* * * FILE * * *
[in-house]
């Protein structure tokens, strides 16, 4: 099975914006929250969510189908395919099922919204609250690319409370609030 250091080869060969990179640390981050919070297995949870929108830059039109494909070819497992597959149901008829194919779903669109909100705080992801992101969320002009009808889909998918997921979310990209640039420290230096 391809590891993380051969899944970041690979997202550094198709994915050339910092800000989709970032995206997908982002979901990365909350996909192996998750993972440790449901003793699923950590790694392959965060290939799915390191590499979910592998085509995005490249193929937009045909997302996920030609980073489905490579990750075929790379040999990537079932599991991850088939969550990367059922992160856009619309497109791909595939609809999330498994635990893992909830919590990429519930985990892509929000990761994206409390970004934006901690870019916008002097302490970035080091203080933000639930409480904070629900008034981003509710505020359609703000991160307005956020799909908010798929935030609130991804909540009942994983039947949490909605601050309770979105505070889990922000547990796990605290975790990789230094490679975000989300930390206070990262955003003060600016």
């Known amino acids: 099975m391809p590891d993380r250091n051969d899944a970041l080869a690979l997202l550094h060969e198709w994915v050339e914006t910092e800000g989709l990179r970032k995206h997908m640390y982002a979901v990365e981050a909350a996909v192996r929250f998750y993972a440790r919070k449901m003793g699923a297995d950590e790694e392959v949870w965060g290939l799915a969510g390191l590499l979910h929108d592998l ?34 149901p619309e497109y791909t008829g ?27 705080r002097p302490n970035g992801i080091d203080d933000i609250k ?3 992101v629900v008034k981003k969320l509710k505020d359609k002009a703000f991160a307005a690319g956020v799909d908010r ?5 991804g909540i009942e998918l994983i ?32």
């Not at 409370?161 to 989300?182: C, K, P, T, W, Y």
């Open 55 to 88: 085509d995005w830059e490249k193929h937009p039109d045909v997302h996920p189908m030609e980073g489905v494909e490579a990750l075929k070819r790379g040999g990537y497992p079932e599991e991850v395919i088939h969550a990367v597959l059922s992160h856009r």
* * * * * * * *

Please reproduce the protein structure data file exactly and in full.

[in-house]
């Protein structure tokens, strides 16, 4: 099975914006929250969510189908395919099922919204609250690319409370609030 250091080869060969990179640390981050919070297995949870929108830059039109494909070819497992597959149901008829194919779903669109909100705080992801992101969320002009009808889909998918997921979310990209640039420290230096 391809590891993380051969899944970041690979997202550094198709994915050339910092800000989709970032995206997908982002979901990365909350996909192996998750993972440790449901003793699923950590790694392959965060290939799915390191590499979910592998085509995005490249193929937009045909997302996920030609980073489905490579990750075929790379040999990537079932599991991850088939969550990367059922992160856009619309497109791909595939609809999330498994635990893992909830919590990429519930985990892509929000990761994206409390970004934006901690870019916008002097302490970035080091203080933000639930409480904070629900008034981003509710505020359609703000991160307005956020799909908010798929935030609130991804909540009942994983039947949490909605601050309770979105505070889990922000547990796990605290975790990789230094490679975000989300930390206070990262955003003060600016």
């Known amino acids: 099975m391809p590891d993380r250091n051969d899944a970041l080869a690979l997202l550094h060969e198709w994915v050339e914006t910092e800000g989709l990179r970032k995206h997908m640390y982002a979901v990365e981050a909350a996909v192996r929250f998750y993972a440790r919070k449901m003793g699923a297995d950590e790694e392959v949870w965060g290939l799915a969510g390191l590499l979910h929108d592998l ?34 149901p619309e497109y791909t008829g ?27 705080r002097p302490n970035g992801i080091d203080d933000i609250k ?3 992101v629900v008034k981003k969320l509710k505020d359609k002009a703000f991160a307005a690319g956020v799909d908010r ?5 991804g909540i009942e998918l994983i ?32």
């Not at 409370?161 to 989300?182: C, K, P, T, W, Y």
């Open 55 to 88: 085509d995005w830059e490249k193929h937009p039109d045909v997302h996920p189908m030609e980073g489905v494909e490579a990750l075929k070819r790379g040999g990537y497992p079932e599991e991850v395919i088939h969550a990367v597959l059922s992160h856009r």